Cornelius Van Derbilt (1764-1832)

Cornelius van Derbilt, Farmer, of New Dorp, Staten Island, New York

His direct paternal ancestor, Jan Aertsen (1627-1705), was a native of De Bilt, a small village four miles east of Utrecht in Holland. Jan arrived in New Amsterdam at the age of 13 in 1640 as an indentured servant - too poor to pay for his passage he was contracted to work for three years for Peter Wholfertsen Van Couvenhoven at Brooklyn until his debt was repaid. To help distinguish him from the countless other arrivals whose names translated to "Jan, son of Aert" he was given the suffix "Van De Bilt" meaning, "Jan, son of Aert, from De Bilt," ie., Jan Aertsen Vanderbilt. Jan's eldest son, Aris (1653-1715), bought 60-acres of swampy forest at New Richmond on Staten Island. He never moved there, but his son, Jacobus (1692-1759), did and established the family there from 1715. It was here that Jacobus' grandson - this Cornelius, father of "The Commodore" - was born in 1764, and like his ancestors he was a simple farmer.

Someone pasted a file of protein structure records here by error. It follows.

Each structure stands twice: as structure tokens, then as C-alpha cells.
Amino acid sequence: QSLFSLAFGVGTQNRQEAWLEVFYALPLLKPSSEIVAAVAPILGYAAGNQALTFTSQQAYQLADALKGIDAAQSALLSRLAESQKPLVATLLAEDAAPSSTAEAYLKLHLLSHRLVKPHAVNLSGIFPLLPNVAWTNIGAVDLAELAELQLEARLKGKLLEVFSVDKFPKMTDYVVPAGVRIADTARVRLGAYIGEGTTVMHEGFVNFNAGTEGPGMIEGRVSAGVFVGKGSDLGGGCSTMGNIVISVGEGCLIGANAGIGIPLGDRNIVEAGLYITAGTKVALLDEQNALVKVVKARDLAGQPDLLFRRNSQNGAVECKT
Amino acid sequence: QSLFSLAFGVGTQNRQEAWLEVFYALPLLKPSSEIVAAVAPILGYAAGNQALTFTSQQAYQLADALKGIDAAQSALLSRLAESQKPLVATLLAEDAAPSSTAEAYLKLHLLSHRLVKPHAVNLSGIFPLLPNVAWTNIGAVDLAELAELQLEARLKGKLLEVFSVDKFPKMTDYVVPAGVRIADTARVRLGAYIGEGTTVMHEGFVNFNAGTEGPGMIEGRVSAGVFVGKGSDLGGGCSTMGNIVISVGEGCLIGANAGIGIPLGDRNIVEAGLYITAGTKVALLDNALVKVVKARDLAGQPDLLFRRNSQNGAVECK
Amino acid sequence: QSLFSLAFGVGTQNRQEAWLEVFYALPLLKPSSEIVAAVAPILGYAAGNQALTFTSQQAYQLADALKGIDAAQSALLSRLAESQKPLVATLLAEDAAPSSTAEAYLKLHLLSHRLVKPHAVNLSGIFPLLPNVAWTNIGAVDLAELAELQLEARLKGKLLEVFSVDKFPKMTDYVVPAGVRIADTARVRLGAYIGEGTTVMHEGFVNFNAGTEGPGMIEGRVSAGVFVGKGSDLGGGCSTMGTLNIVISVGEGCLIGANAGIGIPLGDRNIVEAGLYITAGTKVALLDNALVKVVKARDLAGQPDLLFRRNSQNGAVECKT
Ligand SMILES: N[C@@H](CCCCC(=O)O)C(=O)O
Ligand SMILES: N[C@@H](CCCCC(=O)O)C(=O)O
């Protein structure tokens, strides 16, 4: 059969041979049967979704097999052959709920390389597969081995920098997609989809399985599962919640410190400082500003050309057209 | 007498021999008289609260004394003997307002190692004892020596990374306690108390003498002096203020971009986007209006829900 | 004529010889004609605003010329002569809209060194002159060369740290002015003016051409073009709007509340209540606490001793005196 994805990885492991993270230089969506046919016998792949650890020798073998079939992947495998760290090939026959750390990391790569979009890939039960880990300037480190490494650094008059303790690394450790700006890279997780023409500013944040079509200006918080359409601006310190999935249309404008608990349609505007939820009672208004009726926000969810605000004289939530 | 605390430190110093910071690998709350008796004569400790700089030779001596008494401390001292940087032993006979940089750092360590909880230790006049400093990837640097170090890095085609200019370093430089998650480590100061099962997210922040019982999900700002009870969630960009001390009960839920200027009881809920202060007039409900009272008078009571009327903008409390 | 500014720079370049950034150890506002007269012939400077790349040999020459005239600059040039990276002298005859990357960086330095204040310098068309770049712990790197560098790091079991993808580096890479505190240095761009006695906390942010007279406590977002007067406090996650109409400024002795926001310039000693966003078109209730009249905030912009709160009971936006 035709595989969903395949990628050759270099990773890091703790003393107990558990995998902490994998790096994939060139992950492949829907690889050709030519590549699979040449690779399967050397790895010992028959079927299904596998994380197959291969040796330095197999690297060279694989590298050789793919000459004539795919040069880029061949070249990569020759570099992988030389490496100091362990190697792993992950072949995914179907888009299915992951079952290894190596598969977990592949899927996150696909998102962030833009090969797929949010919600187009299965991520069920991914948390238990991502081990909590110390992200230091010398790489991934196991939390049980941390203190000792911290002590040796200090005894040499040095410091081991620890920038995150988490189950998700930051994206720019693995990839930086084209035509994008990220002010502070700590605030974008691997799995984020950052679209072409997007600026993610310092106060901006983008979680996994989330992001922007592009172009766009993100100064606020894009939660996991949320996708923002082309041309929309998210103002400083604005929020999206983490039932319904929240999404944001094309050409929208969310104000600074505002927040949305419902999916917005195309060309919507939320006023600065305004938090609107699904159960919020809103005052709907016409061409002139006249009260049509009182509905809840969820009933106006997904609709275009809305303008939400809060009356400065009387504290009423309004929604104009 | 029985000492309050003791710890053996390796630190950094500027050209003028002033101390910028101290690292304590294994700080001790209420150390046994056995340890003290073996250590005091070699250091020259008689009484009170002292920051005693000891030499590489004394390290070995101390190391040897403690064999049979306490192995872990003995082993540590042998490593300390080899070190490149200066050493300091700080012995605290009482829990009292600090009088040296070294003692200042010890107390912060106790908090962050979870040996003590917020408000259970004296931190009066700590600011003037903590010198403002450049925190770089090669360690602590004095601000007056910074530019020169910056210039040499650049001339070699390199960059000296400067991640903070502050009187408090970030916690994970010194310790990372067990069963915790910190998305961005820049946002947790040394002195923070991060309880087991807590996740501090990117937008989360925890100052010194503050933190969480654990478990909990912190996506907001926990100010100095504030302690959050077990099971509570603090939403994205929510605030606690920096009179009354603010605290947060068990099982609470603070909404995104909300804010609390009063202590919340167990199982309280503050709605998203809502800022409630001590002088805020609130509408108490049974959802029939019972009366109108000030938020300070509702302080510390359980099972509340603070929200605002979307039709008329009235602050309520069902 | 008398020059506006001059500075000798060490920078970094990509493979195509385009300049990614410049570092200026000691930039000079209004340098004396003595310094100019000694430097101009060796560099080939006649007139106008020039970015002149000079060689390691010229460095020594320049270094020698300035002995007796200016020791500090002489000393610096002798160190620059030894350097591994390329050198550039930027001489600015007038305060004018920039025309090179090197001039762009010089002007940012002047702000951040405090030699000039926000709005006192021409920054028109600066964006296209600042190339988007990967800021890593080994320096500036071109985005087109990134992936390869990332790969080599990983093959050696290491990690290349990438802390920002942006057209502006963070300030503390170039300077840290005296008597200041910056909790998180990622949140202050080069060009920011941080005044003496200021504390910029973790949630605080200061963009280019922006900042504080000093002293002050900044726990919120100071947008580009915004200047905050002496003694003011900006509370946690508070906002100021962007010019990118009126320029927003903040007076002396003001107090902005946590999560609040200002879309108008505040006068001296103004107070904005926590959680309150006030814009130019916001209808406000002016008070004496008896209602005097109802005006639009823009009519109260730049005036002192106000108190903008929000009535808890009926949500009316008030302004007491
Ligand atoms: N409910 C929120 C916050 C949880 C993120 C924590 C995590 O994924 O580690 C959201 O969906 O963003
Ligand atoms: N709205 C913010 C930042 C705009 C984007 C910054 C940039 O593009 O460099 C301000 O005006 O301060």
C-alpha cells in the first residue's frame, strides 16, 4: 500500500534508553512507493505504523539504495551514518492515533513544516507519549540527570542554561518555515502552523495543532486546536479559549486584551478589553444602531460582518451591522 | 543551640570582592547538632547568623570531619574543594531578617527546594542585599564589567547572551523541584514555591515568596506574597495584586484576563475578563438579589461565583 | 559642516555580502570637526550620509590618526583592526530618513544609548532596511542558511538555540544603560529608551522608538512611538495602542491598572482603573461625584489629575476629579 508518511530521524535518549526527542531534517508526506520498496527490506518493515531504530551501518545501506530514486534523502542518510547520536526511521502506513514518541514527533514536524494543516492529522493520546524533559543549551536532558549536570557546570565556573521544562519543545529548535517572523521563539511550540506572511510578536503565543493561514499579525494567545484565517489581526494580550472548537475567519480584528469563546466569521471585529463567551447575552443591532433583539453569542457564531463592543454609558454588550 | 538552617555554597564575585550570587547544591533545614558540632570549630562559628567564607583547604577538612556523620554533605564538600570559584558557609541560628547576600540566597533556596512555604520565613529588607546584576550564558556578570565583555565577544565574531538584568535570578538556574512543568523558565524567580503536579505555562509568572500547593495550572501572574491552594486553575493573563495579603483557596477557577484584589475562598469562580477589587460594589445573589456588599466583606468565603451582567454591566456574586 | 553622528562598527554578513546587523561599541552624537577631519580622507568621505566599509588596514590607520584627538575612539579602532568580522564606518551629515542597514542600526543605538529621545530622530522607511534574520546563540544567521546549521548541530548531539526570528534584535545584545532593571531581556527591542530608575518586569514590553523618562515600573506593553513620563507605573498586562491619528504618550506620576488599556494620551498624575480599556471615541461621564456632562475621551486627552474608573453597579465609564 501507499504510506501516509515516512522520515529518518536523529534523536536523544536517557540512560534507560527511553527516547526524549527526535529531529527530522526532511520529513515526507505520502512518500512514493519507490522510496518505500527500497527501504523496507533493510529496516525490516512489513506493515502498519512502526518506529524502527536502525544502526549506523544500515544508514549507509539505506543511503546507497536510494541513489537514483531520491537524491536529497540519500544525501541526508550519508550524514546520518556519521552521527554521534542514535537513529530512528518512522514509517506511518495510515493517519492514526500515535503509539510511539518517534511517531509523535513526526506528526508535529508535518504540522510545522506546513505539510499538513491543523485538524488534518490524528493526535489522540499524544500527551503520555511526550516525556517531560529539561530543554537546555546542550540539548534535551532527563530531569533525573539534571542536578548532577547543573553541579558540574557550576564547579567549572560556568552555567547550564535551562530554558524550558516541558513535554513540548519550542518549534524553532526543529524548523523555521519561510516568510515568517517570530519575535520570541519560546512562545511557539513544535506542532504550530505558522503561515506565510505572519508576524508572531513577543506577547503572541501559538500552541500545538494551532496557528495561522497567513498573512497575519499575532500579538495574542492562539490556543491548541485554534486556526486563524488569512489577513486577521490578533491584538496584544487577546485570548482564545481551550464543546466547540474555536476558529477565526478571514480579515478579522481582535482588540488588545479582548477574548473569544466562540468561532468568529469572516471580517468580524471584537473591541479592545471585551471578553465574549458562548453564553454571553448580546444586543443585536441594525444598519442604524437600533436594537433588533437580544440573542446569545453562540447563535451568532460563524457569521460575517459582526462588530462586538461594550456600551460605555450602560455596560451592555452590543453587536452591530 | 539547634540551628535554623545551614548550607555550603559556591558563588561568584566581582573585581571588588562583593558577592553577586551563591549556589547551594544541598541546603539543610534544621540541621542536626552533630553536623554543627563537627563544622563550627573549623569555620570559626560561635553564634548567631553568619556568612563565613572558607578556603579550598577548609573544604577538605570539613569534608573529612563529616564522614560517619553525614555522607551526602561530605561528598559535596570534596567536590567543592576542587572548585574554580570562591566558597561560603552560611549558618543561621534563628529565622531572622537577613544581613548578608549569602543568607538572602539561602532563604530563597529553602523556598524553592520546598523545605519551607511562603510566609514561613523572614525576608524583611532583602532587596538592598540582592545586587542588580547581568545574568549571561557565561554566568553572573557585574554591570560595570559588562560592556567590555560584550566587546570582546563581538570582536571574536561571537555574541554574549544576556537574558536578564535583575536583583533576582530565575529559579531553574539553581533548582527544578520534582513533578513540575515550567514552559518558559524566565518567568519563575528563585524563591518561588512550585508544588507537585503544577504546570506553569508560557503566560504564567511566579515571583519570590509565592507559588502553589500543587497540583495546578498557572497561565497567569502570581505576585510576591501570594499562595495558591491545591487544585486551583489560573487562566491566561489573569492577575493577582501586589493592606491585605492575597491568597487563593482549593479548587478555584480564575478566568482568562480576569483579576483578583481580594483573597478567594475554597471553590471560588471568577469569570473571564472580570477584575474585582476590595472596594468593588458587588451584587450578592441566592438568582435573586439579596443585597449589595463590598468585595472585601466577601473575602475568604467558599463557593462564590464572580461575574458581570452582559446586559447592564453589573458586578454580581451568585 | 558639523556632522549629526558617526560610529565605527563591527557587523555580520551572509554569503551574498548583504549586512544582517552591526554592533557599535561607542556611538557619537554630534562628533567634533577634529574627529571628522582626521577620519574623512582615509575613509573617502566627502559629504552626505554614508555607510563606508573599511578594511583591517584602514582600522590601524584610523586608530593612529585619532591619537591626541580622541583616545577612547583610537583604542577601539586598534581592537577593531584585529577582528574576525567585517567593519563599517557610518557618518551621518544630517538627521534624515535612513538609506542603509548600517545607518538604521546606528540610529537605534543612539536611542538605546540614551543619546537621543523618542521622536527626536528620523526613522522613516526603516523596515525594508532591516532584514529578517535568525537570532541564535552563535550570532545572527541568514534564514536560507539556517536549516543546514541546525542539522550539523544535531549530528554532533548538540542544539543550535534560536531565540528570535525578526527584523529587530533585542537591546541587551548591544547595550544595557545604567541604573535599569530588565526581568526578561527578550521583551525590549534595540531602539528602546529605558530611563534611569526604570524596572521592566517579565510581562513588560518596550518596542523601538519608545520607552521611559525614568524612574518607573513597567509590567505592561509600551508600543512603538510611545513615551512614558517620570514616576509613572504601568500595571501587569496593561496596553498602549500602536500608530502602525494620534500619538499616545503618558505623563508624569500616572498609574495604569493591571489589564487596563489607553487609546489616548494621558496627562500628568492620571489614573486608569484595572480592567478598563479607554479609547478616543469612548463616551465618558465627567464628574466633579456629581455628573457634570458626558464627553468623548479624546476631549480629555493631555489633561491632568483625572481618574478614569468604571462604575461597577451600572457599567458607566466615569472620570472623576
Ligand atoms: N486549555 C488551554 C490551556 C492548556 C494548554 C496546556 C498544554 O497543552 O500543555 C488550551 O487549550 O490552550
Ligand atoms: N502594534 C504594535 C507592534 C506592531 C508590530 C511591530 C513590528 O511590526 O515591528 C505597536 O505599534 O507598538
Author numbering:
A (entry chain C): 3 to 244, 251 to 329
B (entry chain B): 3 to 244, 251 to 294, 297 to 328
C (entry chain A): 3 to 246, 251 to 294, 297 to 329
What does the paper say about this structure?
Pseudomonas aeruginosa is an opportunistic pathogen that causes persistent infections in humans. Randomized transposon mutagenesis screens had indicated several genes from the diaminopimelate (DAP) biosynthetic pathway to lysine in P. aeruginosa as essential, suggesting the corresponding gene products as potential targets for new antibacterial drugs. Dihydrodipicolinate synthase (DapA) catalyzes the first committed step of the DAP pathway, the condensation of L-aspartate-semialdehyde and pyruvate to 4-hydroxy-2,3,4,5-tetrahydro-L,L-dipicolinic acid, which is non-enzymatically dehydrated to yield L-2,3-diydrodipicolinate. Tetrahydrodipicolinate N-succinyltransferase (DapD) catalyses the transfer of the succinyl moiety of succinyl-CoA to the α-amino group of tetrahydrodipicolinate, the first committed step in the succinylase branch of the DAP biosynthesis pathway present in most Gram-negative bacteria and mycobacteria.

Cornelius' father died when he was four and he was brought up by his uncle for whom he worked in return for room and board. By the time he reached adulthood he had no land, barely a dime to his name, and was almost certainly illiterate. Despite this inauspicious start he managed to buy some land of his own and although the farm struggled he supplemented his income by taking goods to Manhattan on his Periauger (a small boat).
Contributed by Mark Meredith on 08/02/2019 and last updated on 16/10/2021.